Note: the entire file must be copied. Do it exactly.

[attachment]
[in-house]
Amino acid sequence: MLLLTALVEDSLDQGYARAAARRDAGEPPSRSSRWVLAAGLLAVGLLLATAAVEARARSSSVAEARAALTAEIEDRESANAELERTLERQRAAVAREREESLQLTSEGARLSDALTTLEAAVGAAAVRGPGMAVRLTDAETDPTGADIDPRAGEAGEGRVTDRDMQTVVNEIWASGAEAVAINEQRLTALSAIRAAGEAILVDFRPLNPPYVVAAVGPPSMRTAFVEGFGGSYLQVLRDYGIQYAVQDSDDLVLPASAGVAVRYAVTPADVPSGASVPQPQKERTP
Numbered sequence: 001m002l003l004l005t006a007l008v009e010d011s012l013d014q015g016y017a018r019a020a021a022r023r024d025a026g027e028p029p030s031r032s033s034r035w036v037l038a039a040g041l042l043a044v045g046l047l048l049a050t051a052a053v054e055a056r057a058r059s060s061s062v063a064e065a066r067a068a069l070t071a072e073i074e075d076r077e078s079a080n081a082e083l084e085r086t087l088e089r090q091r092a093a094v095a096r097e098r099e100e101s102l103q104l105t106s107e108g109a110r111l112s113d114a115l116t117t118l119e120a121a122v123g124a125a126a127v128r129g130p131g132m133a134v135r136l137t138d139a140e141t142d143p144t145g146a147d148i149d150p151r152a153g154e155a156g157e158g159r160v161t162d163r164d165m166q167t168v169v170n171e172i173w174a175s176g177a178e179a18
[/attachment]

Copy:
[in-house]
Amino acid sequence: MLLLTALVEDSLDQGYARAAARRDAGEPPSRSSRWVLAAGLLAVGLLLATAAVEARARSSSVAEARAALTAEIEDRESANAELERTLERQRAAVAREREESLQLTSEGARLSDALTTLEAAVGAAAVRGPGMAVRLTDAETDPTGADIDPRAGEAGEGRVTDRDMQTVVNEIWASGAEAVAINEQRLTALSAIRAAGEAILVDFRPLNPPYVVAAVGPPSMRTAFVEGFGGSYLQVLRDYGIQYAVQDSDDLVLPASAGVAVRYAVTPADVPSGASVPQPQKERTP
Numbered sequence: 001m002l003l004l005t006a007l008v009e010d011s012l013d014q015g016y017a018r019a020a021a022r023r024d025a026g027e028p029p030s031r032s033s034r035w036v037l038a039a040g041l042l043a044v045g046l047l048l049a050t051a052a053v054e055a056r057a058r059s060s061s062v063a064e065a066r067a068a069l070t071a072e073i074e075d076r077e078s079a080n081a082e083l084e085r086t087l088e089r090q091r092a093a094v095a096r097e098r099e100e101s102l103q104l105t106s107e108g109a110r111l112s113d114a115l116t117t118l119e120a121a122v123g124a125a126a127v128r129g130p131g132m133a134v135r136l137t138d139a140e141t142d143p144t145g146a147d148i149d150p151r152a153g154e155a156g157e158g159r160v161t162d163r164d165m166q167t168v169v170n171e172i173w174a175s176g177a178e179a18